Sunday, June 7, 2009

Queen's Champion

The office of the Queen's Champion is an important hereditary office in the United Kingdom that apparently dates back to 1066. The duties to be performed in exchange for the 12 km² Manor of Scrivelsby are not manifold, but all the more dangerous. Until the coronation of George VI in 1821 his duty was to challenge to duel those who would not accept the new monarch.
At the coronation banquet he would throw down his gauntlet three times and a herald would issue a challenge among the following lines:
If any person, of whatever degree soever, high or low, shall deny or gainsay our Sovereign Lord George, King of the United Kingdom of Great Britain and Ireland, Defender of the Faith, son and next heir unto our Sovereign Lord the last King deceased, to be the right heir to the imperial Crown of this realm of Great Britain and Ireland, or that he ought not to enjoy the same; here is his Champion, who saith that he lieth, and is a false traitor, being ready in person to combat with him, and in this quarrel will adventure his life against him on what day soever he shall be appointed.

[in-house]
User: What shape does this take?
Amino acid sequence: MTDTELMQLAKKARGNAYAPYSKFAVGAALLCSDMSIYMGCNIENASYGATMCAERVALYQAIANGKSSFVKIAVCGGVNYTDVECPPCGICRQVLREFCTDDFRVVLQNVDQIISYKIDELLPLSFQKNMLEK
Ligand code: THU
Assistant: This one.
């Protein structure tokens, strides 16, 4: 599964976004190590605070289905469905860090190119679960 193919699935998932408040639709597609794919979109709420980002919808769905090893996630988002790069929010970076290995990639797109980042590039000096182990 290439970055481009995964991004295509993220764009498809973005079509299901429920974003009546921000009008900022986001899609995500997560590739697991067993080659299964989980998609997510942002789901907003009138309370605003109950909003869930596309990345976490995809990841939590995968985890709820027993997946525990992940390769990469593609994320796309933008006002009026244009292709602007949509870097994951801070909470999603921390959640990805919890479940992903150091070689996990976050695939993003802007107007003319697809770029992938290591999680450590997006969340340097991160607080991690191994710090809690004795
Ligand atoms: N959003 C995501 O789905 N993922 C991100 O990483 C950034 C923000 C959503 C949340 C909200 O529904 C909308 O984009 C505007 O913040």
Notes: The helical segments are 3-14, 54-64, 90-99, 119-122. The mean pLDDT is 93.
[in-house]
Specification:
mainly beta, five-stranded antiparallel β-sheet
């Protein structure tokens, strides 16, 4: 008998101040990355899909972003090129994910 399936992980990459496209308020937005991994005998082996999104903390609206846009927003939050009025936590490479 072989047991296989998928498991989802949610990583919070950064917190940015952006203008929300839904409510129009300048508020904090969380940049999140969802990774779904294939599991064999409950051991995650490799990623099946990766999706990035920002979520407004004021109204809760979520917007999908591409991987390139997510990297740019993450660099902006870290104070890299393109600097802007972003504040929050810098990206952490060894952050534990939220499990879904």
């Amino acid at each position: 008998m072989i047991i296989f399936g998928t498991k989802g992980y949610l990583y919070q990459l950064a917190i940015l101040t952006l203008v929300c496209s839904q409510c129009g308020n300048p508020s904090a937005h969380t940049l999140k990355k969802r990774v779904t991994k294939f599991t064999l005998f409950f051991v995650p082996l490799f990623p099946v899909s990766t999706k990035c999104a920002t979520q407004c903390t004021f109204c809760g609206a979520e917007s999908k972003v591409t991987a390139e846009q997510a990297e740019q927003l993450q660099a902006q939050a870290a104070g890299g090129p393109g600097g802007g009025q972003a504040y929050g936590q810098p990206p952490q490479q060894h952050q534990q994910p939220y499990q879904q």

The champion was loaned the second best horse in the Royal Mews and an armor which was his for the keeping if anyone took up the challenge and the champion has won; otherwise he would get a cup from which the sovereign has drunk the champion's health.
There are no certain records that would show that anyone accepted the challenge, though there are some rumours about different Jacobites doing so.
After George VI the tradition of holding a coronation banquet in Wetminster Hall (the building of the Houses of Parliament) was abandoned and thus the life of champion became simpler, until the 20th century. In 1902 the then champion petitioned the Court of Claims -- the special court set up at every coronation to decide on who gets to perform what service at the coronation -- and since then his duty is to carry the Royal Standard at the coronation.

Find out more on Wikipedia; the painting comes from this website. A nice way to learn about chivalric traditions and the way a proper challenge was accepted and fought out is to read the Song of Roland from the eleventh century.

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